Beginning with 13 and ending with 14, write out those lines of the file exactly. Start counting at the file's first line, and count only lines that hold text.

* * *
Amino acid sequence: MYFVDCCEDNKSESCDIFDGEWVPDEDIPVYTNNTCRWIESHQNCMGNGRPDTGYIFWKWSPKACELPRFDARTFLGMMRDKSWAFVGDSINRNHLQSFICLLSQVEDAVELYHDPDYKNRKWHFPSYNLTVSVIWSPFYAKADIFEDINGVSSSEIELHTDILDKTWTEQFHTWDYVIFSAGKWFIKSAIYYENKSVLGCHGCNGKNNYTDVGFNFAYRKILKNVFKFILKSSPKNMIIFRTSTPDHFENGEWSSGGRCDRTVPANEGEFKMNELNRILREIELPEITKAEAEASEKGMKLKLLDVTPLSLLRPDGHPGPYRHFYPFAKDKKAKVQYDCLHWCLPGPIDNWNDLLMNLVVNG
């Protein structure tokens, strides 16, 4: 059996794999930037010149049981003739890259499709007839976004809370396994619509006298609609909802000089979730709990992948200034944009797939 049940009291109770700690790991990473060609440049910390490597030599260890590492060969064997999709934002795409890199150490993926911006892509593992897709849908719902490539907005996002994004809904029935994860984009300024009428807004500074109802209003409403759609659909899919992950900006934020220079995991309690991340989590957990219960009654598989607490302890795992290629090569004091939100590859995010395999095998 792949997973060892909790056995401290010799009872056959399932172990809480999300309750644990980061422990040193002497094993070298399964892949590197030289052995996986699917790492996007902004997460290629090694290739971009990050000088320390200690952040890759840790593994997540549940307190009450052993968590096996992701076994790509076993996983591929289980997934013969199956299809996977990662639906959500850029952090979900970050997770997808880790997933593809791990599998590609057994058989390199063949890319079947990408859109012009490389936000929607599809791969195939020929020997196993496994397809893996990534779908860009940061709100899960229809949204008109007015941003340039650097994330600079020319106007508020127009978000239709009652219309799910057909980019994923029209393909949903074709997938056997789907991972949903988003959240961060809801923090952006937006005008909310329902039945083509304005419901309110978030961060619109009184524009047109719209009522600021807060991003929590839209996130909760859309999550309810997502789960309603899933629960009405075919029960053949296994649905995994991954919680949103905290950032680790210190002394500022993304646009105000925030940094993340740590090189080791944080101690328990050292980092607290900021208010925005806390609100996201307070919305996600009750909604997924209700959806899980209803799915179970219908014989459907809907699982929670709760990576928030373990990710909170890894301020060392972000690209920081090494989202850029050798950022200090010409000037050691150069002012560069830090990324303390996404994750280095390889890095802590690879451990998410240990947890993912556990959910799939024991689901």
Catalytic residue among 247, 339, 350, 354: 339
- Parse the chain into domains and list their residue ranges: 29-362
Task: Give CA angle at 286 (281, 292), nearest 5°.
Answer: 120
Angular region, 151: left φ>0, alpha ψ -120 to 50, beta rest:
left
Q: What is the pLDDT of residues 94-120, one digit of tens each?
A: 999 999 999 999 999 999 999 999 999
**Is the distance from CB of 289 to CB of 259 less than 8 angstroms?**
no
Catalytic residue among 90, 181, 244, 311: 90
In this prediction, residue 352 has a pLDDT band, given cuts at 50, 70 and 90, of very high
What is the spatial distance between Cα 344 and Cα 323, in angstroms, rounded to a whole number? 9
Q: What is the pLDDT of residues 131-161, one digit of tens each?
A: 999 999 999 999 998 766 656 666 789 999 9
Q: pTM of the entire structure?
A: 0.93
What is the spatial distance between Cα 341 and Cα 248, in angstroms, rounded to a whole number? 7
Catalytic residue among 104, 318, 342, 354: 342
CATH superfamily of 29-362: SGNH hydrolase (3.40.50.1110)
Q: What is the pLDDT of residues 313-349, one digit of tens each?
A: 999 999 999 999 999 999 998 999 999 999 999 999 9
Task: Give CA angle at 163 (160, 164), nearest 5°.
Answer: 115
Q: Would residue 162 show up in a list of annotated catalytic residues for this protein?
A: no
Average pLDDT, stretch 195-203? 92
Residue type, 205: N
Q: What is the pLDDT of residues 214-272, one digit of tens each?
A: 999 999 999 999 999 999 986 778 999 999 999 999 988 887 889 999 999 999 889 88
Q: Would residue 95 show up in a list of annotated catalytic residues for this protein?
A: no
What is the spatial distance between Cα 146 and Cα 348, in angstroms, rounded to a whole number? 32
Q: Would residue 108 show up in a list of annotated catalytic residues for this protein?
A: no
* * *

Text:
Catalytic residue among 90, 181, 244, 311: 90
In this prediction, residue 352 has a pLDDT band, given cuts at 50, 70 and 90, of very high